Series 3: Writings Series 3: Writings Series three is the largest series in the collection. This third series contains additional documentation regarding the Illegalization of the Communist Party. The largest portions of the series include Congressional publications and commentary on Communism. This series has been broken up into five subseries. The entire grouping takes up approximately 11.5 cubic feet of space and the dates range from 1924 to 1968. The first one is devoted to Musmanno’s research on Communism. He was adamant about removing Communism from Pennsylvania and took as much information about the ideology as he could. There are additional bound volumes from other court cases that involved Communism. All of these items provided the additional proof Musmanno needed for his work. This first subseries is split between four boxes and takes up about 1.5 cubic feet of space. The dates of this subseries range from 1947-1961 with the bulk of the documentation ranging from 1950-1954. The second subseries focuses on a few of Matt Cvetic’s writings about Communism. Matt Cvetic spent some time as an undercover agent in the Communist Headquarters, and became a close friend of Musmanno’s. Matt Cvetic wrote a few articles and worked on a book about his time as an FBI agent. Musmanno had an early draft of that work. There are only a few folders in this subseries and do not take up a large portion of space on their own, the dates of the subseries though range from 1953-1960. The third subseries is devoted to the multitude of speeches that were made against Communism. Musmanno had important arguments to make, and also saved other speeches that were made in regards to Communism. A couple of the speeches in the collection are directly supporting the Bill to Outlaw Communism. The dates of the series ranges from 1948-1968, with the bulk dates of the subseries ranging from 1951-1954. The subseries is spread between two boxes and makes up slightly less than .5 cubic feet of space. Subseries 4 is a collection of additional writings from a multitude of authors and institutions. This subseries contains articles and publications written about the spread and fear of Communism. Some articles were written as educational pamphlets to better inform the reader of the “true” nature of Communism, others are opinion articles about the subject. The dates of this group range from 1924 to 1968, with the bulk dates ranging from 1950-1955. The series was arranged chronologically, and takes up approximately 1.5 cubic feet of space spread over three half boxes. The last subseries, is devoted solely to the Congressional Publications from Hearings Concerning Un-American Activities. This particular grouping holds that copies of official government meetings held in regards to the spread and threat of Communism throughout the United States. This subseries is spread between 21 quarter boxes and makes up approximately 7 cubic feet of space. The series is not arranged in any particular order, because the original processor placed the documents in their particular boxes in that order, and the decision was made to leave them how they were. The entire series is useful because it provides the researchers with additional information about the spread of Communism, and the country’s fear about its spread. It describes to the reader the different opinions people had on it, as well as the ones that Musmanno thought were the most important. Overall this series better explains the cultural and political climate of the Cold War.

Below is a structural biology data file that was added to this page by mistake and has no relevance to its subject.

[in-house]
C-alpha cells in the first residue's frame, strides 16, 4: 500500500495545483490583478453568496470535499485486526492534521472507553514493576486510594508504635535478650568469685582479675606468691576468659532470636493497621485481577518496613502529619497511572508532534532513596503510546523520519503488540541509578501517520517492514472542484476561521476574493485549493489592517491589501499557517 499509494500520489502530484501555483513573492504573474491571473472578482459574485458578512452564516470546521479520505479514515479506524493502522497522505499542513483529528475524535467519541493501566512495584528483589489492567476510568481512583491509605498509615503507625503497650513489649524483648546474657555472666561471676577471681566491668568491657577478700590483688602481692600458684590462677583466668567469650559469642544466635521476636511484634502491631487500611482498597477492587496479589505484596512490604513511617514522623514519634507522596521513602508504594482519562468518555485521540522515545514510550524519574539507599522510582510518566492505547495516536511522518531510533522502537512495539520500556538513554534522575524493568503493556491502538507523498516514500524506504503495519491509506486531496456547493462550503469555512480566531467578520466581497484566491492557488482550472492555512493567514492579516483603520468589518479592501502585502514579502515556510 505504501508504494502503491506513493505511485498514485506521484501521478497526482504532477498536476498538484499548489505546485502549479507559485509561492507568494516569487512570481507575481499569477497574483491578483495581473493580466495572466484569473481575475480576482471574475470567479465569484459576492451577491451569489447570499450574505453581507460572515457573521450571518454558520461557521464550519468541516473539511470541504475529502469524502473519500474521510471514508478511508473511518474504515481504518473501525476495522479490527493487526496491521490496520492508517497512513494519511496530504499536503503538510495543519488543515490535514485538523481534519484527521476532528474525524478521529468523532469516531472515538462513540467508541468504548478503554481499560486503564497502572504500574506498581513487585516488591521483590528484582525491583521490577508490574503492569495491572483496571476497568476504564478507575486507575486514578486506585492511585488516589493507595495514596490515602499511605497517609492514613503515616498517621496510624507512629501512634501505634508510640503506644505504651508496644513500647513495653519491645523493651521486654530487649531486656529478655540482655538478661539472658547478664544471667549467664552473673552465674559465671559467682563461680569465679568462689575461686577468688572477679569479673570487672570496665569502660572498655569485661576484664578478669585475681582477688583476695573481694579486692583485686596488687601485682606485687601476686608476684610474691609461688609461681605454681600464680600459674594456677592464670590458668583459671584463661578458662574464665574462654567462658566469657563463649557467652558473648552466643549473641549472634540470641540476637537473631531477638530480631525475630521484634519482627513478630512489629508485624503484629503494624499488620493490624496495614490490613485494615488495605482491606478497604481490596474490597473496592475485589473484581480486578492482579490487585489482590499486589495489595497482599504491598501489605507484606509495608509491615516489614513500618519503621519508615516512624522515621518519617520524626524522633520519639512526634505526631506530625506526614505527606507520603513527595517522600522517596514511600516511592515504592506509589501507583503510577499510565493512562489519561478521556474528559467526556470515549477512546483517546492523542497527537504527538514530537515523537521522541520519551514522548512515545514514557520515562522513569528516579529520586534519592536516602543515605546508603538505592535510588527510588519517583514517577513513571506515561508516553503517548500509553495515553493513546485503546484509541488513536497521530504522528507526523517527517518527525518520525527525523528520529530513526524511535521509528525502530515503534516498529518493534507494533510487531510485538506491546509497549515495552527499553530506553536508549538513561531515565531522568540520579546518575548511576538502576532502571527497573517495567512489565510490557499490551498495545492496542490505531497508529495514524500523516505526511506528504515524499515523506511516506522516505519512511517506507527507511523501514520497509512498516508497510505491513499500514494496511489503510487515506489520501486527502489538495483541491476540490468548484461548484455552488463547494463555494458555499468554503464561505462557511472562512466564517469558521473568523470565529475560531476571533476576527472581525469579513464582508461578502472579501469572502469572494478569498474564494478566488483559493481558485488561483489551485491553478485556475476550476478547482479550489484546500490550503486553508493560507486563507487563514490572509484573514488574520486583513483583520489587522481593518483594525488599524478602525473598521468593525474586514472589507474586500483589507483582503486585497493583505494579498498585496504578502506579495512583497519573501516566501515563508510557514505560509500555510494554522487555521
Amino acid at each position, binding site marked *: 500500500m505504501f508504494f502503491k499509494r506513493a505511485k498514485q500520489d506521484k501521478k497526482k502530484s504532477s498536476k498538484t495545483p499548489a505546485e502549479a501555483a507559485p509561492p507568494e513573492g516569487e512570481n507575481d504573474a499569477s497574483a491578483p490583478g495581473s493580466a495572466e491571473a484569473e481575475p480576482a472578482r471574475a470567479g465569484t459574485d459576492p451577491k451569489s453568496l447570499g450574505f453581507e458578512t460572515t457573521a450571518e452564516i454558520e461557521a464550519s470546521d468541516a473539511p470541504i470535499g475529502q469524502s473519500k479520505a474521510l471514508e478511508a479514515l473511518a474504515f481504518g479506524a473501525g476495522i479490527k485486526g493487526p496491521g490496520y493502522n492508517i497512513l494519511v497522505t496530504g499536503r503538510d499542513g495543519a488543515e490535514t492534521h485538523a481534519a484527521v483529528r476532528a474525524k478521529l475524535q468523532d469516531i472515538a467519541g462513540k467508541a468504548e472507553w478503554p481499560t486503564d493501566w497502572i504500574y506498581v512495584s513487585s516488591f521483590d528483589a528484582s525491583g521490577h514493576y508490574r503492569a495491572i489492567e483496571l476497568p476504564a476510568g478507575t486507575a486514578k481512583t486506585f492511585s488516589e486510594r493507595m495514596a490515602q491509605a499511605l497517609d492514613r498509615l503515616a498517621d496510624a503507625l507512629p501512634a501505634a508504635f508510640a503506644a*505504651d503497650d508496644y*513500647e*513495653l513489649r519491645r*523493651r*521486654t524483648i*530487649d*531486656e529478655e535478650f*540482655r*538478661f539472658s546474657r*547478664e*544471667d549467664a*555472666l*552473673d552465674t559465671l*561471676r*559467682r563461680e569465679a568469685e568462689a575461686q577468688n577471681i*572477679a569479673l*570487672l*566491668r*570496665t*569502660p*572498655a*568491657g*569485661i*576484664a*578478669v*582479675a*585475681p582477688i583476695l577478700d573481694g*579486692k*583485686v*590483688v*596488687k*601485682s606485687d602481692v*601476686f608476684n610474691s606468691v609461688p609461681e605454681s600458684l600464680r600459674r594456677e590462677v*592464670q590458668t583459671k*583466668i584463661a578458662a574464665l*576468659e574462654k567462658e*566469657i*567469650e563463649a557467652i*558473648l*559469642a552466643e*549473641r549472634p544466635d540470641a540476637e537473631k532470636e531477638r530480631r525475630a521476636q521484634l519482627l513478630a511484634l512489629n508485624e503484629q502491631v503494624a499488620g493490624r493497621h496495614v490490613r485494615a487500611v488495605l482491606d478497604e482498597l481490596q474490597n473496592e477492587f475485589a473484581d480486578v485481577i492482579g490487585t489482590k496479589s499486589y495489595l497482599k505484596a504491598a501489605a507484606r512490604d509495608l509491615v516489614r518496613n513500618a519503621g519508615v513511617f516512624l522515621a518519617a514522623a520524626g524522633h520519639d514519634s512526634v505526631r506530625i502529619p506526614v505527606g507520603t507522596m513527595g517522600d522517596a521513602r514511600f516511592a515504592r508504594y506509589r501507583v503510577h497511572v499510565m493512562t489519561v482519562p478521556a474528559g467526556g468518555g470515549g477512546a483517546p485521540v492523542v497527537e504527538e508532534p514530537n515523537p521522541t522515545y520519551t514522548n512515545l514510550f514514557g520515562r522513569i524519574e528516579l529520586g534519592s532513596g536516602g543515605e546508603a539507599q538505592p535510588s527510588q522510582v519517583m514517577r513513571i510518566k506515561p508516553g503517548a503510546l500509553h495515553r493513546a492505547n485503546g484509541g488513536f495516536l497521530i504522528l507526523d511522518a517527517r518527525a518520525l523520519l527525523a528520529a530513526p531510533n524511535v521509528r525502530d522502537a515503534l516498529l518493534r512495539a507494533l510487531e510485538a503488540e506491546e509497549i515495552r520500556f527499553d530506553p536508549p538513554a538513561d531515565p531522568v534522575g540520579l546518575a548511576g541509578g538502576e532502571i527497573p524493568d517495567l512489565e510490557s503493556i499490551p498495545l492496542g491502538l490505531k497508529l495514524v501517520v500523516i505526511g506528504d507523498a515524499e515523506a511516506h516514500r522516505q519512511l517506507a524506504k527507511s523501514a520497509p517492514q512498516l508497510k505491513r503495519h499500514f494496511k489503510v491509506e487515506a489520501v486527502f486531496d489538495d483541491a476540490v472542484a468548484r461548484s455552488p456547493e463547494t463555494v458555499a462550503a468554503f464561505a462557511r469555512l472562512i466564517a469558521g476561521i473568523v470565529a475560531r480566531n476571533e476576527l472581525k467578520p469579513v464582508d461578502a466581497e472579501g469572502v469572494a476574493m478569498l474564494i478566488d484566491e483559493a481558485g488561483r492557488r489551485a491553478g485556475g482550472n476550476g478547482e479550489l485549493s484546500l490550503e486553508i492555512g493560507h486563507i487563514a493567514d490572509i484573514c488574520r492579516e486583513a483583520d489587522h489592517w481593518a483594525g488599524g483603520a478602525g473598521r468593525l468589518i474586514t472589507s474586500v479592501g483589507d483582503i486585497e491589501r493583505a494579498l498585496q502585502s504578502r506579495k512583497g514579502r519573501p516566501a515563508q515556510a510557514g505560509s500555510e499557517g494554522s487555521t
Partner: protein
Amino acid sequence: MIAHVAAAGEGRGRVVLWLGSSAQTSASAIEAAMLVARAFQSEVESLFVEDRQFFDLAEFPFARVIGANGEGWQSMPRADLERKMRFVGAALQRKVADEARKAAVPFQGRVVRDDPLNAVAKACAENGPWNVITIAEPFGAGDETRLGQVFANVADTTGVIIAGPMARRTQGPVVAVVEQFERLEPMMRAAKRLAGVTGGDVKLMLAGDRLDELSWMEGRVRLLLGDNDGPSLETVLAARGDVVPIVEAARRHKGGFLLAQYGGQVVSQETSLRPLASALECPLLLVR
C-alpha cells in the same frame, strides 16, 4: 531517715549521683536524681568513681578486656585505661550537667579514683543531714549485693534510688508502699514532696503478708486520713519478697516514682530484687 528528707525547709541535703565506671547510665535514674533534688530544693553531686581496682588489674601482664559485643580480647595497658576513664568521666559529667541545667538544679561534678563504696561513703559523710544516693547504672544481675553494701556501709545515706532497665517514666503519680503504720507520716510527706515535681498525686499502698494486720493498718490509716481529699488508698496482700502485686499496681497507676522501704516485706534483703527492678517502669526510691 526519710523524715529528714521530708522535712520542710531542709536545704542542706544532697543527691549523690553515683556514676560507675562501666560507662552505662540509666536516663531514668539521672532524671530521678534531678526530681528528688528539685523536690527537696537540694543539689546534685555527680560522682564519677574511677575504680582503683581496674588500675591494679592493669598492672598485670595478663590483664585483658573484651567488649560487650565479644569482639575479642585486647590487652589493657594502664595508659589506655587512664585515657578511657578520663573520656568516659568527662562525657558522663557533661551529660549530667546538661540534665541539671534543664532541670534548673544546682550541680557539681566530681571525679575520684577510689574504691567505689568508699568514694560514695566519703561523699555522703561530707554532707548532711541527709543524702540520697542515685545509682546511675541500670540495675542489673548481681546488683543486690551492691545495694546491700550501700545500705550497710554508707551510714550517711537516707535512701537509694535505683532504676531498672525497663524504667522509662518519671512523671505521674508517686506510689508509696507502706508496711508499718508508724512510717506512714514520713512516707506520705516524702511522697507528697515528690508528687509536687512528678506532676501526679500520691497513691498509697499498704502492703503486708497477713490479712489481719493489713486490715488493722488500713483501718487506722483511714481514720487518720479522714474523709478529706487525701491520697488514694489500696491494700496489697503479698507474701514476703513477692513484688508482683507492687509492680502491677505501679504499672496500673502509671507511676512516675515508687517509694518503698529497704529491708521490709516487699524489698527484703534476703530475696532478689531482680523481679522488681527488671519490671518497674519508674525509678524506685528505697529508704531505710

Series 4: Correspondence Series 4: Correspondence This series is devoted to the correspondence that Musmanno had with many different people about Communism. Musmanno had supporters when it came to making it illegal, and he worked diligently with members of the government to pursue his goals of removing the threat of Communist. Some of these government officials Musmanno corresponded with regularly, and received their own folder. This series is split between two boxes and takes up a little more than, 5 cubic feet of space. The dates of this series ranges from 1927-1968 with the bulk dates ranging from about 1953-1956. A portion of this series is arranged chronologically, while the first half is arranged alphabetically by last name, although it was not written as such on the folders. This series is useful for researchers because it will help to better understand Musmanno’s efforts to stop the spread of Communism, as well as understand his feelings on the matter.